No One Talking About Torrey Smith Injury
NFL media declared Torrey Smith's one-handed juggling touchdown catch the best of Week 13. After that, he didn't stop. He led all Ravens receivers with six catches for 65 yards and two touchdowns.
But then he suddenly went missing in the fourth quarter, when the Ravens needed him most in a tight battle.
And "no one is talking about" what happened, declared one ESPN headline.
"That's something that coach [John Harbaugh] will have to address," Smith told reporters after the game when asked about his injury. "I don't know when I am supposed to be going and when I am not supposed to be going. I'll let coach handle it."
But, not surprisingly, Head Coach John Harbaugh preferred not to talk about it either.
This is what we know:
Smith wasn't on the field for the Ravens' final two offensive drives. Instead, it was Kamar Aiken lining up* *in his spot. Smith's last target was in the fourth quarter with 7:43 left. He dropped a touchdown catch, but ...
Smith landed on his knee, but didn't appear to be injured. Media noticed Smith limping and* *receiving medical attention on the sideline.
"Torrey Smith not on the field for this big #Ravens drive. Getting attention from trainers on the bench," tweeted The Baltimore Sun's Jon Meoli. "Torrey Smith is limping on the sidelines, gesturing to his right knee."
It's unclear how serious his injury is, but it was big enough to miss two of the biggest drives of the season with the Ravens' playoff hopes on the line. Ravens fans hope it is not a long-term issue, as Smith has become the top receiver in the second half of the season. He's* *caught seven touchdown passes in the last seven games.
On top of Smith's injury, second-year receiver Marlon Brown left the game with a concussion after getting off to a hot start with three catches for 25 yards, including a beautiful one-handed snag of his own. Meanwhile, Steve Smith Sr. had just one catch for 2 yards. The Ravens are also waiting on the return of injured rookie wideout Michael Campanaro (hamstring).
Getting Torrey Smith back healthy is critical to the team's playoff aspirations.
"Losing Marlon Brown and Torrey Smith could be worse than the actual loss," wrote Meoli.
That's saying a lot considering …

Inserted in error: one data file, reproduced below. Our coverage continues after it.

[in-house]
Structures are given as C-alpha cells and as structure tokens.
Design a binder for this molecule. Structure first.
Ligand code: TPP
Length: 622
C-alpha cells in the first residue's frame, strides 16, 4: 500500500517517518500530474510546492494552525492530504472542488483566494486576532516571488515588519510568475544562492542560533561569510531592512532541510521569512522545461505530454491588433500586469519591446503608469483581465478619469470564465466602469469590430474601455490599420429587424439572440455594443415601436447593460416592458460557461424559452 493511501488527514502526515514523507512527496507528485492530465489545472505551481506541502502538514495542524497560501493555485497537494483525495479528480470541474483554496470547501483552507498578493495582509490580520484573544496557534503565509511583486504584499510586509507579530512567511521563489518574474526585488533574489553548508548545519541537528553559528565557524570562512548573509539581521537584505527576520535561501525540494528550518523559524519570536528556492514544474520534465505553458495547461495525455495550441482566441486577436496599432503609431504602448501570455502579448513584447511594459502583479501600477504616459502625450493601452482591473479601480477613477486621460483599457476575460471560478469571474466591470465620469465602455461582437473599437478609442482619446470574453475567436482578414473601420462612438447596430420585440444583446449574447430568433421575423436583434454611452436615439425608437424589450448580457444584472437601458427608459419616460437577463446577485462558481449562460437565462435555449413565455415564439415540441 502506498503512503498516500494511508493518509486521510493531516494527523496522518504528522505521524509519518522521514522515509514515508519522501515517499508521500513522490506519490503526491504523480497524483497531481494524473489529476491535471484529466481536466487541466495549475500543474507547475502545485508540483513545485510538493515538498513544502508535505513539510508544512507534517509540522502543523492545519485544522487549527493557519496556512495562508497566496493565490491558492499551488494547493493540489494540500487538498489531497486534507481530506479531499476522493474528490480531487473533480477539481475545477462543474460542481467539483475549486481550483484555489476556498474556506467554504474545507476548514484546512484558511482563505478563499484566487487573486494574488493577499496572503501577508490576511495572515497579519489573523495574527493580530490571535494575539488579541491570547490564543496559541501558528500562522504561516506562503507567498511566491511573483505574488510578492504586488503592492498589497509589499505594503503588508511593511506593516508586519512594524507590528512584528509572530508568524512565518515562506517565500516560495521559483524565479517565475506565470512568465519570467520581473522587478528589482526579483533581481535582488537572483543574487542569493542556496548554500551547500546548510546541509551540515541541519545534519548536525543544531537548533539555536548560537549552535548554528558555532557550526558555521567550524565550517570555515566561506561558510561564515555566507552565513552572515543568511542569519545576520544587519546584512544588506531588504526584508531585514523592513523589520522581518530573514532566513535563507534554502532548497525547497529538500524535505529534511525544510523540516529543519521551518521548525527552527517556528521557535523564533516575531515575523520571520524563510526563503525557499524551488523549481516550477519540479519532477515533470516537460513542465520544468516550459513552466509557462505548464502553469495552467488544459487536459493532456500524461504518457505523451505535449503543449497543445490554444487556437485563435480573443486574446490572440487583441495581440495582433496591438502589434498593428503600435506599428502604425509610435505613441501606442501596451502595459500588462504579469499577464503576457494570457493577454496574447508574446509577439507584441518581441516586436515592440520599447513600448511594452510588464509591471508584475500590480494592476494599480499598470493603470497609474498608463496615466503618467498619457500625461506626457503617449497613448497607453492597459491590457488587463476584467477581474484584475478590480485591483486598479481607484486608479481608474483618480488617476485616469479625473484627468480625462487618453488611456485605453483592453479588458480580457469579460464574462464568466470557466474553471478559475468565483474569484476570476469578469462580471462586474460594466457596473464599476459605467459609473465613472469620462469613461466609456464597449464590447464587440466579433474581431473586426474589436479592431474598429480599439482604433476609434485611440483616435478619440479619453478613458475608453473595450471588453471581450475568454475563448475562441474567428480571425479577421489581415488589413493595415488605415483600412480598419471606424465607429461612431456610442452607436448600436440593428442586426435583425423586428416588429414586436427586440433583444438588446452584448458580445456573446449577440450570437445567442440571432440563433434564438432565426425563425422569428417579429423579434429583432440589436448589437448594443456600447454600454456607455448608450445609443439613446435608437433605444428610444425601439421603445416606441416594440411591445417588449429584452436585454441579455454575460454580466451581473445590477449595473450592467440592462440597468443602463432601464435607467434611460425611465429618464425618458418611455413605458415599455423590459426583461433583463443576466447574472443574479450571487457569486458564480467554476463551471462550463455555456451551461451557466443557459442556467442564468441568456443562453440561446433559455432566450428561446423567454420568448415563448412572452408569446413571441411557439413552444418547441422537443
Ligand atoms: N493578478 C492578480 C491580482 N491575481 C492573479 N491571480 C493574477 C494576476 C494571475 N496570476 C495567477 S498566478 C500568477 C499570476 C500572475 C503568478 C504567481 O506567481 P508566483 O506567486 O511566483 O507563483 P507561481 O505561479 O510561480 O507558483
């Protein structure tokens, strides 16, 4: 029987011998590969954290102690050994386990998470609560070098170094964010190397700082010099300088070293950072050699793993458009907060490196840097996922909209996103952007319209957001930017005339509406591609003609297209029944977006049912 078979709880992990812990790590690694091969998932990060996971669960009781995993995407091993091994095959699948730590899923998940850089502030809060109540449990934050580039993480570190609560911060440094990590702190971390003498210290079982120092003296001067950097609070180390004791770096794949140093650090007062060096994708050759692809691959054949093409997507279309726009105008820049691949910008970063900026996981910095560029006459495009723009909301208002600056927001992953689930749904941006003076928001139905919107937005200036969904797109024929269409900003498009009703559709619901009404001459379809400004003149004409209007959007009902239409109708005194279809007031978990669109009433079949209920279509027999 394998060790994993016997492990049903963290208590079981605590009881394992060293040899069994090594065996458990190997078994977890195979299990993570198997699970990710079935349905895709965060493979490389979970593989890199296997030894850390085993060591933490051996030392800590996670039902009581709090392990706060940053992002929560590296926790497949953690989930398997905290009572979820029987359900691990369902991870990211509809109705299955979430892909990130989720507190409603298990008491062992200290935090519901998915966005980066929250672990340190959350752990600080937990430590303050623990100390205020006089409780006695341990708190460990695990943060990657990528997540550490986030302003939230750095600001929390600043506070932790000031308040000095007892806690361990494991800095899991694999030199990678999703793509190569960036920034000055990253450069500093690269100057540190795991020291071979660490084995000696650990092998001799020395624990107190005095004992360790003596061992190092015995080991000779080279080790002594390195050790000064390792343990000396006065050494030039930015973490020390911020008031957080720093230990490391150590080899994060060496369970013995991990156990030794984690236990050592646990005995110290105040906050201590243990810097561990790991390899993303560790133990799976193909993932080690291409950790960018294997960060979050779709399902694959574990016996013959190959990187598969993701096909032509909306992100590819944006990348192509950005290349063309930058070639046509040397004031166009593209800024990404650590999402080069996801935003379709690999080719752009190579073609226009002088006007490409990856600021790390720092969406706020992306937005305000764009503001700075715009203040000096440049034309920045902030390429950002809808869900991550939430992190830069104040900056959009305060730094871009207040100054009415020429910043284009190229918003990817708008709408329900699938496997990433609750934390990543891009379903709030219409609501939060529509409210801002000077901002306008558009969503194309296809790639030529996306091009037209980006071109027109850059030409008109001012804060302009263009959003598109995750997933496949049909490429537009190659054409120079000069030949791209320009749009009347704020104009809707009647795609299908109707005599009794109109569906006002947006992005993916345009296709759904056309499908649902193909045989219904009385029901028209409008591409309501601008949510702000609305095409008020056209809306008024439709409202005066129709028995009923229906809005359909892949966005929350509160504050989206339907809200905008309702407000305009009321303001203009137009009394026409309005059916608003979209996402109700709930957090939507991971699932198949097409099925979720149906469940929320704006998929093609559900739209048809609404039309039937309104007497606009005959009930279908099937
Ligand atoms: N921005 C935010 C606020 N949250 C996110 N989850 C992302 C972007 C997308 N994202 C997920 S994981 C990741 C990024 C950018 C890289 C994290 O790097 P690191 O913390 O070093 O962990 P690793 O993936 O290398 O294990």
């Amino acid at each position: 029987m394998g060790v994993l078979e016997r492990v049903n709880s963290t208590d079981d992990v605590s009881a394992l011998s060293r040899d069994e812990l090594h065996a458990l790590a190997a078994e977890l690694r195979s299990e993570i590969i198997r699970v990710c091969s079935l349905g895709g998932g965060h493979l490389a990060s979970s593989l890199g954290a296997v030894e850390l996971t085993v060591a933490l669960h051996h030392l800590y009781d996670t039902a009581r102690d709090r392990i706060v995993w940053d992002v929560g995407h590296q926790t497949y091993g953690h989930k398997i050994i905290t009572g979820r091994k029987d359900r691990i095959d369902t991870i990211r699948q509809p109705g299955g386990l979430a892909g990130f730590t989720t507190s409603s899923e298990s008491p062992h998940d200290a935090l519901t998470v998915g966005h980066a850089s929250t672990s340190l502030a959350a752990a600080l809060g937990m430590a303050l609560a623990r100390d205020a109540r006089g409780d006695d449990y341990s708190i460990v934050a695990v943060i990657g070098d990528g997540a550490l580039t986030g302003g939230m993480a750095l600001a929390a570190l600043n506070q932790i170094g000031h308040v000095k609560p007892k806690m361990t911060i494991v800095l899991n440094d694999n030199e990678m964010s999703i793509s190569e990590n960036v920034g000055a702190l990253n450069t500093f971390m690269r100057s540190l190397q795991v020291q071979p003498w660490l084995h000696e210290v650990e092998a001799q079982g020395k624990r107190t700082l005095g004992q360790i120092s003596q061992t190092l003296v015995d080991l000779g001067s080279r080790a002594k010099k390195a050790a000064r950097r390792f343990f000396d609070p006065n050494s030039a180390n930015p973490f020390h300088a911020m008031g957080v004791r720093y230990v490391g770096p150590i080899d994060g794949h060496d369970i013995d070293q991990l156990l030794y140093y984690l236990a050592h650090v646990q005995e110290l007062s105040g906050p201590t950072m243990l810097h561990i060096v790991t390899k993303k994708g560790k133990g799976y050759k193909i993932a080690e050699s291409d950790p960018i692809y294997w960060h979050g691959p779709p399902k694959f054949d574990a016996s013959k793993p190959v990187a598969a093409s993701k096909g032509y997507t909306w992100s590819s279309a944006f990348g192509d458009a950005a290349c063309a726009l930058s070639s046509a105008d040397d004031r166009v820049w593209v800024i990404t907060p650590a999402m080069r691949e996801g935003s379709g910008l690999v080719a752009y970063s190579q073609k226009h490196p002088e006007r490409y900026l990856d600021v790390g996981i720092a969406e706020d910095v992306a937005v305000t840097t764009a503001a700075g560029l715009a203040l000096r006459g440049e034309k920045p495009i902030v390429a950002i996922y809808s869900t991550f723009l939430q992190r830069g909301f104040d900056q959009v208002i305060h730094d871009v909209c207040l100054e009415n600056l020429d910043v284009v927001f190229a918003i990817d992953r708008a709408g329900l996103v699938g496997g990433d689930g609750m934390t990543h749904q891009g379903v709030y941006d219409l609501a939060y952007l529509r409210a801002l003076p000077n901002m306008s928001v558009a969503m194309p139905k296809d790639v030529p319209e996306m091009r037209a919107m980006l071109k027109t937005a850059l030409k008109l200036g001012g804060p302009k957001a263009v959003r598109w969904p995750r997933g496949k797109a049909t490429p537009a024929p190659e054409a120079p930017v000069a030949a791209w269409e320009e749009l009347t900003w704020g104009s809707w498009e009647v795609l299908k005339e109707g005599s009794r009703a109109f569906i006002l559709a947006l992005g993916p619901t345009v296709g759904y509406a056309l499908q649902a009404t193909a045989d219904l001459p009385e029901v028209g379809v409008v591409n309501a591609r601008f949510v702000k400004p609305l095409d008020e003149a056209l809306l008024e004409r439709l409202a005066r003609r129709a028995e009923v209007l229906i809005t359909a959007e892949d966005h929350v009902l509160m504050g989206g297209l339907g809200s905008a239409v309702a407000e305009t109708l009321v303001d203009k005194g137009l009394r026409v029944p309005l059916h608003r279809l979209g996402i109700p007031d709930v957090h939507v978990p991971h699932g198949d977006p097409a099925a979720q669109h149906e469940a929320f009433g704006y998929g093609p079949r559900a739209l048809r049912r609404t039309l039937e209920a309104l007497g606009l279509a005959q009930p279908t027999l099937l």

Loss May Have Cost Ravens A Playoff Berth
The 34-33 loss to the Chargers wasn't just any loss.
"It] was easily one of the most difficult regular-season defeats [in the John Harbaugh era," wrote The Baltimore Sun's Jeff Zrebiec.
Because they were leading for 55 minutes, but lost the lead in the 38 seconds that mattered most. Because they had a chance to grab an edge for a wild-card spot, and hold onto it down the stretch. Because they could have built a lead on the Pittsburgh Steelers and Cleveland Browns in the AFC North, and remained just a half-game behind the Cincinnati Bengals. Because the Ravens were 10-2 under Harbaugh when leading by double digits entering the fourth quarter. Because the Ravens were 30-1 under Harbaugh when scoring at least 30 points in a game.
But it all slipped away when Philip Rivers carved up the secondary, scoring touchdowns on Chargers' final two drives of the game.
"There's no way to sugarcoat this one," wrote Zrebiec. "Unless the Ravens beat the Miami Dolphins next Sunday and then win out, this loss could very well cost them a playoff berth."
What Ravens Have Going For Them In Final Stretch
The Ravens are No. 8 in the AFC playoff race – a race that only allows six teams to advance to the postseason.
But as dubious as the playoff picture appears, the Ravens do have something going for them in the final quarter of the season.
The schedule plays in their favor, says The Sun's Peter Schmuck.
"The Bengals can be caught, and the Ravens need to catch them, because they aren't in a great wild-card tiebreaker situation with a 2-3 division record and a 3-5 record in the conference."
Below are the remaining schedules of key contenders:
|at Miami||Pittsburgh||at Cincinnati||Indianapolis||New England||at New York Jets||at Arizona|
|Jacksonville||at Cleveland||at Atlanta||Cincinnati||Denver||Baltimore||Oakland|
|at Houston||Denver||Kansas City||at Carolina||at San Francisco||at New England||at Pittsburgh|
|Cleveland||at Pittsburgh||Cincinnati||at Baltimore||at Kansas City||Minnesota||San Diego|
|New York Jets|
"So, what needs to happen? The Ravens need to win out and hope the Bengals and the Steelers both split their remaining four games," wrote Schmuck.